Mobile-Assisted Language Learning: Research-Based Best Practices for Maximizing Learner Success

Mobile-Assisted Language Learning: Research-Based Best Practices for Maximizing Learner Success

Katharine B. Nielson (Voxy, USA)
Copyright: © 2016 |Pages: 25
DOI: 10.4018/978-1-5225-0251-7.ch004
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Abstract

This chapter outlines practical findings from the emerging body of research on Mobile-Assisted Language Learning (MALL). After briefly situating the conversation within a framework of how best to use technology for language instruction, the chapter opens with a review of what we know about how to use mobile technology for language learning. Then, the discussion turns to how to best apply these findings in various instructional contexts, including K–12, higher education, and workplace training. By the end of the chapter, students will have both a solid understanding of how mobile technology can facilitate second language learning as well as concrete examples of how to develop and execute a mobile language learning strategy in various educational contexts.
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Introduction

Mobile-Assisted Language Learning (MALL) is a relatively new subfield of Computer-Assisted Language Learning (CALL), and best practices for how to incorporate it into an overall language learning curriculum are just beginning to emerge. As with all mobile learning, MALL offers a convenient way for learners to access instructional materials on the go, and it also provides access to instruction for learners who lack desktop computers or laptops. Further, unlike many other instructional domains, MALL has the potential to offer learners significant real-world practice with their field of study.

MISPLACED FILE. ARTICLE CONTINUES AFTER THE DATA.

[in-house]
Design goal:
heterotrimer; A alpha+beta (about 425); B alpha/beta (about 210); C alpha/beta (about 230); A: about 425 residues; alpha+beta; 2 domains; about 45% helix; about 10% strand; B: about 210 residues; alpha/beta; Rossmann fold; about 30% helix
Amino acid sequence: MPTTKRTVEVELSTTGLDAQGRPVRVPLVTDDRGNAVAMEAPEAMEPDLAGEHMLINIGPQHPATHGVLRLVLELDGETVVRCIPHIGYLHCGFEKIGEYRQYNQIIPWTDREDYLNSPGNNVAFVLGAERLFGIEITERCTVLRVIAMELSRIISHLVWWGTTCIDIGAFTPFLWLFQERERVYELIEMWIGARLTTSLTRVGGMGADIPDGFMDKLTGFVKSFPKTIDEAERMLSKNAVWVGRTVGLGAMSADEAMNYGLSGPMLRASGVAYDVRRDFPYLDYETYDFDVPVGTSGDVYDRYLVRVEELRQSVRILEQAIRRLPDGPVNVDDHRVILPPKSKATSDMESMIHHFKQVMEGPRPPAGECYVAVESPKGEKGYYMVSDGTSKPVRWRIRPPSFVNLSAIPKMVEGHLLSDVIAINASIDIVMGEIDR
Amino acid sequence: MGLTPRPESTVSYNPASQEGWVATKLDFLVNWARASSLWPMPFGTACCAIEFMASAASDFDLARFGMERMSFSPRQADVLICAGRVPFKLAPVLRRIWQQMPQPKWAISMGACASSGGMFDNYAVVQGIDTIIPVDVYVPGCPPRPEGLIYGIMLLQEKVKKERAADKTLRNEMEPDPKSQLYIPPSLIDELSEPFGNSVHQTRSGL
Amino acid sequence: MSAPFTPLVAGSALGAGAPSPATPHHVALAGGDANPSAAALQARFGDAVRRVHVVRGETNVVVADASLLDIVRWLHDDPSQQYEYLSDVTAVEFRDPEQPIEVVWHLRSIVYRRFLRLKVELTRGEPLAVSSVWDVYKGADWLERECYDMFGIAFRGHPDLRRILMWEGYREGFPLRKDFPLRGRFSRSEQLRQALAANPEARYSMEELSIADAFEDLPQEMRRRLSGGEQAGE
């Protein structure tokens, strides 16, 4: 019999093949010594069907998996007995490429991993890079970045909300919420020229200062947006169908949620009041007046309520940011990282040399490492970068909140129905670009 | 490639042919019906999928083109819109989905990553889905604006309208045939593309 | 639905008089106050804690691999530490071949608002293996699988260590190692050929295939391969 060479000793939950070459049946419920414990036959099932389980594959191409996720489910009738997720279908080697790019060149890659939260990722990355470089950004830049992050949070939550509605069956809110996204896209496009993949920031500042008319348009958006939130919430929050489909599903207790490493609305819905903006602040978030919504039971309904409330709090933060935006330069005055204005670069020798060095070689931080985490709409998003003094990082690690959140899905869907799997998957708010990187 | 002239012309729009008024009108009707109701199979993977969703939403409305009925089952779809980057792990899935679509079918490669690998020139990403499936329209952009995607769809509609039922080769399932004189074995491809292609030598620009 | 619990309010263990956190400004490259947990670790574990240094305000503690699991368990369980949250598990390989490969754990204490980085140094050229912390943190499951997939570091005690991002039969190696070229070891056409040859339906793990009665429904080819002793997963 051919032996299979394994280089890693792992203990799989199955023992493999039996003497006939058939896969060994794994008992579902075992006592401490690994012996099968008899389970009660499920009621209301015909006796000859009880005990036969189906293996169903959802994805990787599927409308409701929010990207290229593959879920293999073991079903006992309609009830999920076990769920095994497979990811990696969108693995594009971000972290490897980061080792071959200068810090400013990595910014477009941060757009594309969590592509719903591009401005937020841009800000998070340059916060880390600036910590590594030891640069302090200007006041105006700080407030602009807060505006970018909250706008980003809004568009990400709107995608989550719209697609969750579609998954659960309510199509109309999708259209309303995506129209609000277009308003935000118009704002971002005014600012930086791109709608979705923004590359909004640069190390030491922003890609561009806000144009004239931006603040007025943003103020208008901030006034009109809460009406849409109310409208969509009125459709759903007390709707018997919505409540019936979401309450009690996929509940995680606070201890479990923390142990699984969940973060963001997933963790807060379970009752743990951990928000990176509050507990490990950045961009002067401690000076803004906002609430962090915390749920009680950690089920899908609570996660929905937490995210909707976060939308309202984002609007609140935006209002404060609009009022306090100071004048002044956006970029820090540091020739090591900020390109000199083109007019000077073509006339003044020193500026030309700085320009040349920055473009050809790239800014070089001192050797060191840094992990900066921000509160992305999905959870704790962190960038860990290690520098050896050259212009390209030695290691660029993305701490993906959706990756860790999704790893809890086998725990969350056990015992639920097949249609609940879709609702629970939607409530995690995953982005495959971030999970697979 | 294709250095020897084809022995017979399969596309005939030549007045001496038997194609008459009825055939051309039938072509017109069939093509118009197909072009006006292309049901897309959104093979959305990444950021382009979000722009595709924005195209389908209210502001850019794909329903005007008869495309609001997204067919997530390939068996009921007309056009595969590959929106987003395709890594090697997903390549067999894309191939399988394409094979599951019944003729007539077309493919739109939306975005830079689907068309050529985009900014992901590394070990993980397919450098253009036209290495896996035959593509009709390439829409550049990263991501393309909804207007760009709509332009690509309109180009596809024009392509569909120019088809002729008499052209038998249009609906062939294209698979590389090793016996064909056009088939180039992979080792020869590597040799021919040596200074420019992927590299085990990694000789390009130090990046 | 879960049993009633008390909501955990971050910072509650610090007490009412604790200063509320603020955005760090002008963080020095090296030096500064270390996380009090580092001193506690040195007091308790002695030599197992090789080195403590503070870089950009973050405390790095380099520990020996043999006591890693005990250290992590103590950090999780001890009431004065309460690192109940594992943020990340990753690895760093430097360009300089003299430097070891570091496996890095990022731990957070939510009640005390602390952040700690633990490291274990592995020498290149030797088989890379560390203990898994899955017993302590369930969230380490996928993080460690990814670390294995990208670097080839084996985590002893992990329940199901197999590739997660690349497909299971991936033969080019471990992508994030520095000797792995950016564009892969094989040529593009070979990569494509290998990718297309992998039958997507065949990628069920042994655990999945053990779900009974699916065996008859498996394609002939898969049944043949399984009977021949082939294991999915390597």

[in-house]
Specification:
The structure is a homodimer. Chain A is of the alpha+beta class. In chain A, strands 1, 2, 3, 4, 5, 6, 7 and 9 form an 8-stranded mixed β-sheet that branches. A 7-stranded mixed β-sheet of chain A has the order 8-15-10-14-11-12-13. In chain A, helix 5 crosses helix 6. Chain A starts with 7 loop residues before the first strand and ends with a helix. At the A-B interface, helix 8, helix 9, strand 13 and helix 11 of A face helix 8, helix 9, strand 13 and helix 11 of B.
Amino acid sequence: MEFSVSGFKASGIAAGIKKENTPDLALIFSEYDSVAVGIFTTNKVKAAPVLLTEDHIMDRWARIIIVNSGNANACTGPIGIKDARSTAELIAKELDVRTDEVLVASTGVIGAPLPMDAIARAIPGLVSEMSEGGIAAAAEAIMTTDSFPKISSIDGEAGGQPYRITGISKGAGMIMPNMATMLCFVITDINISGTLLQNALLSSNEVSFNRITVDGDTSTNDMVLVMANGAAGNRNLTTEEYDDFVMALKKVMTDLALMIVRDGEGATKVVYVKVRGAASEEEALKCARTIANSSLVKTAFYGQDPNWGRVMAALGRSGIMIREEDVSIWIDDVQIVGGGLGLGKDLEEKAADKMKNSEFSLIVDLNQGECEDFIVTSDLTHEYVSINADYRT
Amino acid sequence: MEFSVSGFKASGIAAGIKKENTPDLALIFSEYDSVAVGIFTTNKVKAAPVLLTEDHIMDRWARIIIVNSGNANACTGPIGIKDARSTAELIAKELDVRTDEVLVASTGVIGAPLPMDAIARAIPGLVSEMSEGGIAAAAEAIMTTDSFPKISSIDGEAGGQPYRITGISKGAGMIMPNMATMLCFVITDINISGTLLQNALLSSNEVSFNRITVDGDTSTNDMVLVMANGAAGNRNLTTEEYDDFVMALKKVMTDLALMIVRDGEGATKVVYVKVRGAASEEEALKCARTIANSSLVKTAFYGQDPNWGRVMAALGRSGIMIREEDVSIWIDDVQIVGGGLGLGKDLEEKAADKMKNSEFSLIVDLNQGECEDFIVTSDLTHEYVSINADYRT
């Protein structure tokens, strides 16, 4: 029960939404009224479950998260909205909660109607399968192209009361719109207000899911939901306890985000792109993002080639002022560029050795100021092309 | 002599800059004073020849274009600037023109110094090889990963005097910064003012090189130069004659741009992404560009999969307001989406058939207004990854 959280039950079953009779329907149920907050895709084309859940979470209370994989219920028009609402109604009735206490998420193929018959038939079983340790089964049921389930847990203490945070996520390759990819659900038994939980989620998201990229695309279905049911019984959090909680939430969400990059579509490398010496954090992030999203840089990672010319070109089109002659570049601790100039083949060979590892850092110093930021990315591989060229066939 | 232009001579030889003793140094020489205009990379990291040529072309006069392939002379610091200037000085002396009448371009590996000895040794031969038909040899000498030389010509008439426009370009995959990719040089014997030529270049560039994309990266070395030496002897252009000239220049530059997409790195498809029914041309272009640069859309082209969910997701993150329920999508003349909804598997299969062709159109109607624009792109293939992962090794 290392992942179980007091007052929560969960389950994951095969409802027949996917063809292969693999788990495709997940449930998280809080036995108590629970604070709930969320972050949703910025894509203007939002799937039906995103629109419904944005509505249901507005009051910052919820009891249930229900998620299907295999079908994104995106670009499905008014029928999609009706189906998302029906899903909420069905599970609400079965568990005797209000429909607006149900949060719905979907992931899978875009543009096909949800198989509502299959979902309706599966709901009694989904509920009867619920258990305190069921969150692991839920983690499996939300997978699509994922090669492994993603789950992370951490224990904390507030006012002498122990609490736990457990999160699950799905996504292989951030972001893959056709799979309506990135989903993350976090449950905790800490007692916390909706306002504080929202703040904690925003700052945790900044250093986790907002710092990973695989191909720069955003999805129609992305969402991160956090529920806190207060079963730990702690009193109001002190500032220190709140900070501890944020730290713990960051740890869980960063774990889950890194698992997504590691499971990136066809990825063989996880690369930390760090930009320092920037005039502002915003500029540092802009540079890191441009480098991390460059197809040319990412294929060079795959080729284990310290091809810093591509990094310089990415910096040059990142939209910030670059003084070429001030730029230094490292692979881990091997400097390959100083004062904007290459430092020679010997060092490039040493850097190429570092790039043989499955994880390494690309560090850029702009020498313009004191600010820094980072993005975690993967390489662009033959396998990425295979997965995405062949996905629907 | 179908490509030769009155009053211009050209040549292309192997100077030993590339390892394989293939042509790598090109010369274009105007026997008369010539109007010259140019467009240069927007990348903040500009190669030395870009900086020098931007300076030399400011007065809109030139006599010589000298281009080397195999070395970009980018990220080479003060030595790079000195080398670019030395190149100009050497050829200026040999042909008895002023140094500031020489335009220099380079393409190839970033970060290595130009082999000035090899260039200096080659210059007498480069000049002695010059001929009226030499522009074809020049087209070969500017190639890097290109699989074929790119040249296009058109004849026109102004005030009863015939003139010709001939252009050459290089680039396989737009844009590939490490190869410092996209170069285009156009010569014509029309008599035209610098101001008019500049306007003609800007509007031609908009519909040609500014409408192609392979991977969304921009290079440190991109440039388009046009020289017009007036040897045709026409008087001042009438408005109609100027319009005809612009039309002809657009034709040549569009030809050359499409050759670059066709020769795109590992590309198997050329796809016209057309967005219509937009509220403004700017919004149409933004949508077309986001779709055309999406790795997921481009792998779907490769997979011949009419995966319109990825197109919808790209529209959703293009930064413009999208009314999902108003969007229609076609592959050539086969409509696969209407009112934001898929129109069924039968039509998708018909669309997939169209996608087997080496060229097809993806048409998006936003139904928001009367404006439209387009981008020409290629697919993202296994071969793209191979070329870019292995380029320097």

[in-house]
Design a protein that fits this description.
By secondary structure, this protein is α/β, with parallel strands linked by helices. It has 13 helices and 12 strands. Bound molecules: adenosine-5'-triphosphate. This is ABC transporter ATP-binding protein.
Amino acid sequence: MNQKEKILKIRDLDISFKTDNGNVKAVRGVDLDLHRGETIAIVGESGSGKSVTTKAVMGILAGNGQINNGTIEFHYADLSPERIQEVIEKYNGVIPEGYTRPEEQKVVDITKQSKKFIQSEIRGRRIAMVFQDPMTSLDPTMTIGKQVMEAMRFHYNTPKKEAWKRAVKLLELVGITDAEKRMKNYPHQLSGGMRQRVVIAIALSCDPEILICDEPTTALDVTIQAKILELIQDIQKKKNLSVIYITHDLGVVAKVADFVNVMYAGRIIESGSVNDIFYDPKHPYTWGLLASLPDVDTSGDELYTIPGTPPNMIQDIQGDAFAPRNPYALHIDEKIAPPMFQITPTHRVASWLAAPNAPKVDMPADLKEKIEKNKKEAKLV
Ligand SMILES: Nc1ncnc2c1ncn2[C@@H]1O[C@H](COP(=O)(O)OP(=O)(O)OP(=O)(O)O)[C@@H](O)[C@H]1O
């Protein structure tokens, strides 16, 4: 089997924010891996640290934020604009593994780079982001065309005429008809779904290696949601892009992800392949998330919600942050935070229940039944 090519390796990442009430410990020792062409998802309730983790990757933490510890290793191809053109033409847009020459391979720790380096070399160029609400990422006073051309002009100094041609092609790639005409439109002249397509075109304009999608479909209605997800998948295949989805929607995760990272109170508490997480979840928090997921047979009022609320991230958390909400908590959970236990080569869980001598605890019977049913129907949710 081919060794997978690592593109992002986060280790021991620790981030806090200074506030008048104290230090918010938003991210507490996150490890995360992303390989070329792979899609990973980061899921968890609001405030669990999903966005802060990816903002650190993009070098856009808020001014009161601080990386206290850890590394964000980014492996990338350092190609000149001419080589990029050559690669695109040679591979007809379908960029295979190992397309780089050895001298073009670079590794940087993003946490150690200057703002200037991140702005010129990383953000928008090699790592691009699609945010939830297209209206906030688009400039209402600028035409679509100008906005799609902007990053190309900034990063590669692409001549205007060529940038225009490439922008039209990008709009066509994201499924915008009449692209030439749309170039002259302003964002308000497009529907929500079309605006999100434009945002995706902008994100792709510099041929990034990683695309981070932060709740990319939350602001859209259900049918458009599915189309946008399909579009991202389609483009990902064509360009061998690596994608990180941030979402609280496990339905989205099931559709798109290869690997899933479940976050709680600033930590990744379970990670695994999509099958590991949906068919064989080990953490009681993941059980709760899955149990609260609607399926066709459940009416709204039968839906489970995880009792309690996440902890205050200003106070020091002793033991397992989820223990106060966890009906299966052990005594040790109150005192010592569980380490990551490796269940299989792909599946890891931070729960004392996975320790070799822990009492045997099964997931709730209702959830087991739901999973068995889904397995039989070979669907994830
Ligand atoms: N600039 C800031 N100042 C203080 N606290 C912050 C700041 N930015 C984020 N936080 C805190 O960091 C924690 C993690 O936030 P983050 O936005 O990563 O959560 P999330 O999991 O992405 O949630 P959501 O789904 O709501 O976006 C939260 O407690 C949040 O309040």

At its most basic, people learn languages in order to communicate with other people—through conversations, written exchanges, and audio- and video-recordings. And the primary use of mobile phones is to talk to people and to send them written messages. Any discussion of MALL, therefore, needs to include both using mobile devices for specific “educational” programming as well as using the features of mobile devices themselves as a means to foster the real-world practice that we know results in language learning.

The aim of this chapter is to consider what is currently known about how MALL can influence the second language learning process through an examination of existing empirical findings, both those that investigate the use of mobile devices for instructional materials as well as those that evaluate the benefits of using the devices for genuine communicative practice. Because MALL research is relatively new, the discussion will also include areas where MALL has the potential to be effective given established best practices for second language instruction. The chapter will conclude with concrete examples of how to develop, execute, and evaluate a cohesive mobile strategy in instructional settings. Each instructional setting, from K-12 to corporate training, has unique needs, so the settings will be considered one by one in terms of how to best use MALL to maximize learning outcomes.